The aforementioned non-financial damage of the Reebok deal (to the UFC) can be found in the way of fighter unhappiness. Many of the UFC fighters—regardless of whether or not they’ll say it—are upset with the financial damages they’ve sustained as a result of the agreement. Moreover, even if this isn’t true in every case, the vast majority of current UFC fighters aren’t more interested to be with the promotion as a result of the Reebok deal.
This, combined with the free-market pioneer tests of Thompson and Henderson, as well as the current state of Bellator, is sure to increase competition—but not just amongst the UFC and other organizations.
Bellator has never been a more desirable place to be. From an increased general viewership to more and more quality signings, to planned international events and sponsorship freedom, there’s a lot to enjoy in the promotion. Moreover, as Josh Thompson has once again demonstrated, there’s a great deal to be (potentially) gained by making the jump—or, at least, making the jump a possibility.
In addition to more UFC fighters testing the markets for Bellator, fans should expect to see more WSOF fighters testing the waters—but not exclusively for the UFC; Bellator may very well try to sign some of the promotion’s top stars.
It’s impossible to determine the exact competition landscape of next year amongst the leading MMA promotions, but one can be certain that it will be different from that of recent years.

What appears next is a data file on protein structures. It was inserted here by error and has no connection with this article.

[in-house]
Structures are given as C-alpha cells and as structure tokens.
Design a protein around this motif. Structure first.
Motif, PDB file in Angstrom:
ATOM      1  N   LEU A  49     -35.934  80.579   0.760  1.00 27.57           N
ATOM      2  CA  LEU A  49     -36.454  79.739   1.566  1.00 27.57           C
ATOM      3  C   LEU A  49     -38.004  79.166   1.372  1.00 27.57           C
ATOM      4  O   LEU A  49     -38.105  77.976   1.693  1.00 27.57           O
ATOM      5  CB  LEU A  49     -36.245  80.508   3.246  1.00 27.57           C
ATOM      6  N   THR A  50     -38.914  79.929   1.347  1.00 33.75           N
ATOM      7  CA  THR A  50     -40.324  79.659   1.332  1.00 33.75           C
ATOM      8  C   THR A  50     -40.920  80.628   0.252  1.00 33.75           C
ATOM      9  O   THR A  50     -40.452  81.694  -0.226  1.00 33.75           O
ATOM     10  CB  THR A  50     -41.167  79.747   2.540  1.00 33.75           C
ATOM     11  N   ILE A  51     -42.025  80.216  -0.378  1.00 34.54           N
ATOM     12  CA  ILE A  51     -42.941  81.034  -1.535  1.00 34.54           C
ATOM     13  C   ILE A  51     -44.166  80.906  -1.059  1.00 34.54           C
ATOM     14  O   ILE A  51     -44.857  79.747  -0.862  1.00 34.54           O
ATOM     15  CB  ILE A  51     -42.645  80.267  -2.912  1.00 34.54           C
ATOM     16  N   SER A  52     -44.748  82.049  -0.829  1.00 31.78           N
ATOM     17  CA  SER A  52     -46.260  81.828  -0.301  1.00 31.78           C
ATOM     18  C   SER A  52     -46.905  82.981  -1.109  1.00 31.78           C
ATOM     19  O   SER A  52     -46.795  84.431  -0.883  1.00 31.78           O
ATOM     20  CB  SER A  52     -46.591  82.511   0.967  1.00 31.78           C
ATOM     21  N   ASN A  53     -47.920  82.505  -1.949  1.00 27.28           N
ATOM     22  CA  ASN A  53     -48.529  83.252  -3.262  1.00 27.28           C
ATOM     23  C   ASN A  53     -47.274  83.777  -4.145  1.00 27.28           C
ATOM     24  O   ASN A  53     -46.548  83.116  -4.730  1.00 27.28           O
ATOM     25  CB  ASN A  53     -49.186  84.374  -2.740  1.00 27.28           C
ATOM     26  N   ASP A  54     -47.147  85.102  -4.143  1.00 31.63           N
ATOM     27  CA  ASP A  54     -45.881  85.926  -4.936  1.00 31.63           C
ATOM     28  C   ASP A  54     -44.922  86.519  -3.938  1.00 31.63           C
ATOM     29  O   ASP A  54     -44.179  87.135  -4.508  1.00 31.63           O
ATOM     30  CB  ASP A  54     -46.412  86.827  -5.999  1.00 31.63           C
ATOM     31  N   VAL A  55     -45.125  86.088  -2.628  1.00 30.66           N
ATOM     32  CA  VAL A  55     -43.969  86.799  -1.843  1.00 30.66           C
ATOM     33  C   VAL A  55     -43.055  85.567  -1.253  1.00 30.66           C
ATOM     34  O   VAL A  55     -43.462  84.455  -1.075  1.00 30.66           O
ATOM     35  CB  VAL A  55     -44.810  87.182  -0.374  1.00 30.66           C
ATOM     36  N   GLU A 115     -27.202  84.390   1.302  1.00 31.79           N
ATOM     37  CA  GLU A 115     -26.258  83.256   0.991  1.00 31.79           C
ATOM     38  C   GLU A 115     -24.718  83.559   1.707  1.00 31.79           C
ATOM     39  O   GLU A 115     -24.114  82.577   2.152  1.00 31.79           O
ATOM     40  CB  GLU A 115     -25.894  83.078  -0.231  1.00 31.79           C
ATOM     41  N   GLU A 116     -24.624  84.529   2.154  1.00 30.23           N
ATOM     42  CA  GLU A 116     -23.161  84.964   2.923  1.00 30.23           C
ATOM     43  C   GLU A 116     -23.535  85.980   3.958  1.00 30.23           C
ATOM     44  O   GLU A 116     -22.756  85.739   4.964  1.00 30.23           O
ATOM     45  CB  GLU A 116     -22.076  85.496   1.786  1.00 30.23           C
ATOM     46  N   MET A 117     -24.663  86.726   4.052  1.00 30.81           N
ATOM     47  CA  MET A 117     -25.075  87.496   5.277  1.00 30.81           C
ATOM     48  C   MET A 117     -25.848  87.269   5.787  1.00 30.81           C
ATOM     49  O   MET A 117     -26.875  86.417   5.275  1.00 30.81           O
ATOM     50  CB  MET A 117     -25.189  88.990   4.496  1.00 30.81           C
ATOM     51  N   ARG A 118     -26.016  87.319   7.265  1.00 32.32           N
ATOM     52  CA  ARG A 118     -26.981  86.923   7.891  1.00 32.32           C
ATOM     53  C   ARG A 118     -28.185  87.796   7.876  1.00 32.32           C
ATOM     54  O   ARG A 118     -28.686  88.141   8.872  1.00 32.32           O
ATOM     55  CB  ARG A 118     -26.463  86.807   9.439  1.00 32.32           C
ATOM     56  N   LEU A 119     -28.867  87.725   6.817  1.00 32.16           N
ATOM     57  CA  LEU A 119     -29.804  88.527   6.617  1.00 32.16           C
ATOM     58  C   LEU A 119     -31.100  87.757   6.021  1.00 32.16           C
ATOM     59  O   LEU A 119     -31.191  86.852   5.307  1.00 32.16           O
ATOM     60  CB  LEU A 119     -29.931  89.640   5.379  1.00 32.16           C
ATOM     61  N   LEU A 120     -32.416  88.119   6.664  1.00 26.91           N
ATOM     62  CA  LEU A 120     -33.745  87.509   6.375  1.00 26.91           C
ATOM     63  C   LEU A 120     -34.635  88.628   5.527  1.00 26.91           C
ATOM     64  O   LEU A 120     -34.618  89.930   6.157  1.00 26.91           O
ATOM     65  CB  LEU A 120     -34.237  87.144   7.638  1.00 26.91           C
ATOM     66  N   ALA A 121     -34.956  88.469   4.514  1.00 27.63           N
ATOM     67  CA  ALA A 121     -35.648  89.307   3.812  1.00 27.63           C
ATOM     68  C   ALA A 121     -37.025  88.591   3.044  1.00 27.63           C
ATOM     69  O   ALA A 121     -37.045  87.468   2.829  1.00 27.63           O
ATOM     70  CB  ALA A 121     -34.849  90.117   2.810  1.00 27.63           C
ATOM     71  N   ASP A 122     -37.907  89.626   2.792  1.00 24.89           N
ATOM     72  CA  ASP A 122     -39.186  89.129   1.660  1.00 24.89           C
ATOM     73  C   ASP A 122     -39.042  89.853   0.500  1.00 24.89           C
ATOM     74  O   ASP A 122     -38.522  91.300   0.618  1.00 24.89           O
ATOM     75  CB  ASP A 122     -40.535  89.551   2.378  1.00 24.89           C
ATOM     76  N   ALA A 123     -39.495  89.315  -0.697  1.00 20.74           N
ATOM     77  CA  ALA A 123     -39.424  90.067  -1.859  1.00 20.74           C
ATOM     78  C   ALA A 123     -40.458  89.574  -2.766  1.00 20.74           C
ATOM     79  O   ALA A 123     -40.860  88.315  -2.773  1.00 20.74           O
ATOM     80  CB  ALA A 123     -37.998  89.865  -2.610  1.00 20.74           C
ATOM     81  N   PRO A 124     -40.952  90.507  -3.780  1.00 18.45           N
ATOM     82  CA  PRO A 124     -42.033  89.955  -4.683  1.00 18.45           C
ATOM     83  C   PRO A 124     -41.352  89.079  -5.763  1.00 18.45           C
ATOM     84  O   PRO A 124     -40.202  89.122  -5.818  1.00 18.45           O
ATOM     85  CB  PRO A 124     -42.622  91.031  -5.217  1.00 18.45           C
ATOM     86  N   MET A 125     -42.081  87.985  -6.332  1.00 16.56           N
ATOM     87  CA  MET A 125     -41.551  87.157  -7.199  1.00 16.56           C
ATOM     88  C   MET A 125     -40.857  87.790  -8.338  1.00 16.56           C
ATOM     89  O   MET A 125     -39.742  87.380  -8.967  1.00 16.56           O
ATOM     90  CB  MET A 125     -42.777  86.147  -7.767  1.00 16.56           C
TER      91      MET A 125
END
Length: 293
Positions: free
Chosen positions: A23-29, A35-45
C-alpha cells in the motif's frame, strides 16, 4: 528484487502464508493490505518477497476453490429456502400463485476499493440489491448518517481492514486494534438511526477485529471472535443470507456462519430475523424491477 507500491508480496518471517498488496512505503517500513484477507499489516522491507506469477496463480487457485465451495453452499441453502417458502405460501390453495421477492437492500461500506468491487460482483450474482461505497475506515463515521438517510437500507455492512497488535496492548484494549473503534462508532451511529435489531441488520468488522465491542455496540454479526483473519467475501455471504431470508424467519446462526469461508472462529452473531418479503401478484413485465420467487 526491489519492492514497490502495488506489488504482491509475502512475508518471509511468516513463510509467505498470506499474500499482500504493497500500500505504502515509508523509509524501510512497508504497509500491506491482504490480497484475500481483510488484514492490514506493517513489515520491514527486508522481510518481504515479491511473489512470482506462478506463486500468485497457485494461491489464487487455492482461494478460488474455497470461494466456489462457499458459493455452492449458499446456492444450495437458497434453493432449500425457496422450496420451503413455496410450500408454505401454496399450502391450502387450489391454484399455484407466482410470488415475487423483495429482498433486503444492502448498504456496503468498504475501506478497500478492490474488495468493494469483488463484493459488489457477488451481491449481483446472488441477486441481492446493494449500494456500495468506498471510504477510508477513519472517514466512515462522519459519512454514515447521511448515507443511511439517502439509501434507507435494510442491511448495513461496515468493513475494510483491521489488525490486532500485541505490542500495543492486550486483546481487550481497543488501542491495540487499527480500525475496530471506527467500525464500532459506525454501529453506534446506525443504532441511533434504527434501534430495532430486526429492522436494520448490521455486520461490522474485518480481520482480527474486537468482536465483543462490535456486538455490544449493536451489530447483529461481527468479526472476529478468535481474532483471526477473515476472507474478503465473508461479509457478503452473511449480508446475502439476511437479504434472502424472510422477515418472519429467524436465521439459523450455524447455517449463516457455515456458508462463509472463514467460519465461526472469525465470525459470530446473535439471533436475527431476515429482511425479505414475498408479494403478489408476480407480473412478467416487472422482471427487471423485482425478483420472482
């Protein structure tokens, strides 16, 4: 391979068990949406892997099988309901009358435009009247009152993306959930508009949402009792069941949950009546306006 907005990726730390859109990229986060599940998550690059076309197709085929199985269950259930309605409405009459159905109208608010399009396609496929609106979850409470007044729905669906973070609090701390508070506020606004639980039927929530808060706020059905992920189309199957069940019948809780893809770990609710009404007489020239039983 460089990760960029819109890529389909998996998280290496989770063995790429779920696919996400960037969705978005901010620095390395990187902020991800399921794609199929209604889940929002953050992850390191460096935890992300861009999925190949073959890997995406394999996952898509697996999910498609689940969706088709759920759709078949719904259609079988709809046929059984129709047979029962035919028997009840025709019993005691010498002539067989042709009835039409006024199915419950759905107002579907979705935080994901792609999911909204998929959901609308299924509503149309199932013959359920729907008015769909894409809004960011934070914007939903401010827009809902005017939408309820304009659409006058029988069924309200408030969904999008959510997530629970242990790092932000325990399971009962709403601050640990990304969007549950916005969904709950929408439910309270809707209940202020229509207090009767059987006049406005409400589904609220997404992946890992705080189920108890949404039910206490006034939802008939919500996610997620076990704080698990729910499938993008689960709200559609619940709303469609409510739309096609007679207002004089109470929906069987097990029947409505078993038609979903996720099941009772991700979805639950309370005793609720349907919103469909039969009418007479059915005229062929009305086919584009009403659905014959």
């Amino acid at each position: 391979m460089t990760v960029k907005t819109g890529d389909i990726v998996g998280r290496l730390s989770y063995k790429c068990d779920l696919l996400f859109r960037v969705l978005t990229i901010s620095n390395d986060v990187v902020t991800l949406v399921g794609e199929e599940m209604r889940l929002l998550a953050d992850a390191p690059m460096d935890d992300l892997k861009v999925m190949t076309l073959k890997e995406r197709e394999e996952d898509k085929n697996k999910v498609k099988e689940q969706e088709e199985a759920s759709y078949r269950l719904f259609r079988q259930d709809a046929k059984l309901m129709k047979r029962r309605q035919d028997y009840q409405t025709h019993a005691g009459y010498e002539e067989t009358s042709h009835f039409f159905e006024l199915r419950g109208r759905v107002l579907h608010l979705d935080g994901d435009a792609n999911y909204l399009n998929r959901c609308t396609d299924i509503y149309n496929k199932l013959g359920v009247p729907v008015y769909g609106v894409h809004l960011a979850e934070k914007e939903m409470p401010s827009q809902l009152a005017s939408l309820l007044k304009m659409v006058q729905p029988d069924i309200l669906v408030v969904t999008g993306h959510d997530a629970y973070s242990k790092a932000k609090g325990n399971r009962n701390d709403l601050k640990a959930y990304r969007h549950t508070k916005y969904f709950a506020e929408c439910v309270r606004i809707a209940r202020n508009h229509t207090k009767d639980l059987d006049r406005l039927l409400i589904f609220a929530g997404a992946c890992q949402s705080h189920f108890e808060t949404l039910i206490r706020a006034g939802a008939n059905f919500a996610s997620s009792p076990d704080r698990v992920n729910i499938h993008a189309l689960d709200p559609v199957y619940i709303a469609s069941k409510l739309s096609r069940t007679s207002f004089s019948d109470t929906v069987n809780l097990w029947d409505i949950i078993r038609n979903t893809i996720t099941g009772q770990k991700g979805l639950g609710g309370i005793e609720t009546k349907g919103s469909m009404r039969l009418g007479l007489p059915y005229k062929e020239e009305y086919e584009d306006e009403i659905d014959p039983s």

A Heavyweight Talent Vacuum
Although the UFC has made impressive strides towards developing a younger heavyweight division, the skilled veterans who largely populate the top-fifteen aren’t making it easy.
The majority of the UFC’s upper echelon of heavyweight talent—including champion Fabricio Werdum—are statistically late into their MMA careers. To demonstrate this, the age of each ranked (officially) UFC heavyweight fighter can be found below:
- Cain Velasquez, 33-years-old
- Junior Dos Santos, 31-years-old
- Stipe Miocic, 33-years-old
- Andrei Arlovski, 36-years-old
- Travis Browne, 33-years-old
- Josh Barnett, 38-years-old
- Mark Hunt, 41-years-old
- Ben Rothwell, 34-years-old
- Alistair Overeem, 35-years-old
- Frank Mir, 36-years-old
- Roy Nelson, 39-years-old
- Bigfoot Silva, 36-years-old
- Matt Mitrione, 37-years-old
- Jared Rosholt, 29-years-old
- Alexey Oliynyk, 38-years-old
Certainly, the above data illustrates a set of talented athletes who are very quickly nearing retirement, in many instances; only one fighter, Jared Rosholt, is under thirty years of age! While it could also be argued that heavyweight fighters compete for longer than athletes in other weight classes (which is evidently true), the reality of the numbers is that some of these fighters will be retiring next year (some of them have already planned for their retirement).
Also worth considering is that many of these athletes have already competed against one another—some two or even three times!
Even if the larger effects of this aging division—and the frankly difficult-to-find younger heavyweights—aren’t seen until 2017, next year will certainly mark the point where some of the initial changes can be found.
While the above predictions could be entirely inaccurate, there is enough evidence available to suggest that they will be at least partially true. As was stated initially, however, MMA really is the most unpredictable sport in the world; never say never! Whatever the case, let’s hope that next year brings more exciting developments and fights than ever before!